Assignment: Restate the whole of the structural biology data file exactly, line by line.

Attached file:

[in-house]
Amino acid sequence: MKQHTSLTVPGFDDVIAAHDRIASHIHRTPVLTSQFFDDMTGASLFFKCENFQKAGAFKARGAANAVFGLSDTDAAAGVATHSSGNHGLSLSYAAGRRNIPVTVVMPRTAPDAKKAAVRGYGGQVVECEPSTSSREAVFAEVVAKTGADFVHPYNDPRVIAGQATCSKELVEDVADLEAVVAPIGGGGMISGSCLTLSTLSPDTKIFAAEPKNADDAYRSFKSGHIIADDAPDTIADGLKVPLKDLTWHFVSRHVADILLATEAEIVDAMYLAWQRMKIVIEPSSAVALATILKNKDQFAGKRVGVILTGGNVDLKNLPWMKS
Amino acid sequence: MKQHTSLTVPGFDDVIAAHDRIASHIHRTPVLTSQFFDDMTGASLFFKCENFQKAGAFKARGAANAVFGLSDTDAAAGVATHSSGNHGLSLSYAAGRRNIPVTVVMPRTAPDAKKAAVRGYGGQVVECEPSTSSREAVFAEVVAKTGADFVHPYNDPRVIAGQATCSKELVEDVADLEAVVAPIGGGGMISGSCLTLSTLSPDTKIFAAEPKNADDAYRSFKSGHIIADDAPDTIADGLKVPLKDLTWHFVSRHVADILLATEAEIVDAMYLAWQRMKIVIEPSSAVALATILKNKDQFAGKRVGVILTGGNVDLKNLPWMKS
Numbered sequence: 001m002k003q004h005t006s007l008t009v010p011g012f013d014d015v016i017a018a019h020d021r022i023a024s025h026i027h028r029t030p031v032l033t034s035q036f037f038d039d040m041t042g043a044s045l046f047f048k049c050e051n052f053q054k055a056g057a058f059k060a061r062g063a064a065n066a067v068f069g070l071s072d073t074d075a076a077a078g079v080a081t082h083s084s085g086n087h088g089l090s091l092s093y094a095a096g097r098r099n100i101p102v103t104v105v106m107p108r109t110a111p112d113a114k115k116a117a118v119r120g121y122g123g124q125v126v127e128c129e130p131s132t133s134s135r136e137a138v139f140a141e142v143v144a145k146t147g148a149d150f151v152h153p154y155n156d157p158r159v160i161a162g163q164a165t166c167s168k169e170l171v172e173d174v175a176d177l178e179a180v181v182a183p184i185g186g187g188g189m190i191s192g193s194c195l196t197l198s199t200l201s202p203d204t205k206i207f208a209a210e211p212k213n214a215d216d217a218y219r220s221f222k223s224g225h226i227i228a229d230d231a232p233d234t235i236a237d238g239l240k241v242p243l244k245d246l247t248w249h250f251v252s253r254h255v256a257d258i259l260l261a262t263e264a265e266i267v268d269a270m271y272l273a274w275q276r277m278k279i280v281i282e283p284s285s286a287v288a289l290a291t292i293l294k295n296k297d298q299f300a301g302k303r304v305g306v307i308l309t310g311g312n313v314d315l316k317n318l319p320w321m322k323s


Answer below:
[in-house]
Amino acid sequence: MKQHTSLTVPGFDDVIAAHDRIASHIHRTPVLTSQFFDDMTGASLFFKCENFQKAGAFKARGAANAVFGLSDTDAAAGVATHSSGNHGLSLSYAAGRRNIPVTVVMPRTAPDAKKAAVRGYGGQVVECEPSTSSREAVFAEVVAKTGADFVHPYNDPRVIAGQATCSKELVEDVADLEAVVAPIGGGGMISGSCLTLSTLSPDTKIFAAEPKNADDAYRSFKSGHIIADDAPDTIADGLKVPLKDLTWHFVSRHVADILLATEAEIVDAMYLAWQRMKIVIEPSSAVALATILKNKDQFAGKRVGVILTGGNVDLKNLPWMKS
Amino acid sequence: MKQHTSLTVPGFDDVIAAHDRIASHIHRTPVLTSQFFDDMTGASLFFKCENFQKAGAFKARGAANAVFGLSDTDAAAGVATHSSGNHGLSLSYAAGRRNIPVTVVMPRTAPDAKKAAVRGYGGQVVECEPSTSSREAVFAEVVAKTGADFVHPYNDPRVIAGQATCSKELVEDVADLEAVVAPIGGGGMISGSCLTLSTLSPDTKIFAAEPKNADDAYRSFKSGHIIADDAPDTIADGLKVPLKDLTWHFVSRHVADILLATEAEIVDAMYLAWQRMKIVIEPSSAVALATILKNKDQFAGKRVGVILTGGNVDLKNLPWMKS
Numbered sequence: 001m002k003q004h005t006s007l008t009v010p011g012f013d014d015v016i017a018a019h020d021r022i023a024s025h026i027h028r029t030p031v032l033t034s035q036f037f038d039d040m041t042g043a044s045l046f047f048k049c050e051n052f053q054k055a056g057a058f059k060a061r062g063a064a065n066a067v068f069g070l071s072d073t074d075a076a077a078g079v080a081t082h083s084s085g086n087h088g089l090s091l092s093y094a095a096g097r098r099n100i101p102v103t104v105v106m107p108r109t110a111p112d113a114k115k116a117a118v119r120g121y122g123g124q125v126v127e128c129e130p131s132t133s134s135r136e137a138v139f140a141e142v143v144a145k146t147g148a149d150f151v152h153p154y155n156d157p158r159v160i161a162g163q164a165t166c167s168k169e170l171v172e173d174v175a176d177l178e179a180v181v182a183p184i185g186g187g188g189m190i191s192g193s194c195l196t197l198s199t200l201s202p203d204t205k206i207f208a209a210e211p212k213n214a215d216d217a218y219r220s221f222k223s224g225h226i227i228a229d230d231a232p233d234t235i236a237d238g239l240k241v242p243l244k245d246l247t248w249h250f251v252s253r254h255v256a257d258i259l260l261a262t263e264a265e266i267v268d269a270m271y272l273a274w275q276r277m278k279i280v281i282e283p284s285s286a287v288a289l290a291t292i293l294k295n296k297d298q299f300a301g302k303r304v305g306v307i308l309t310g311g312n313v314d315l316k317n318l319p320w321m322k323s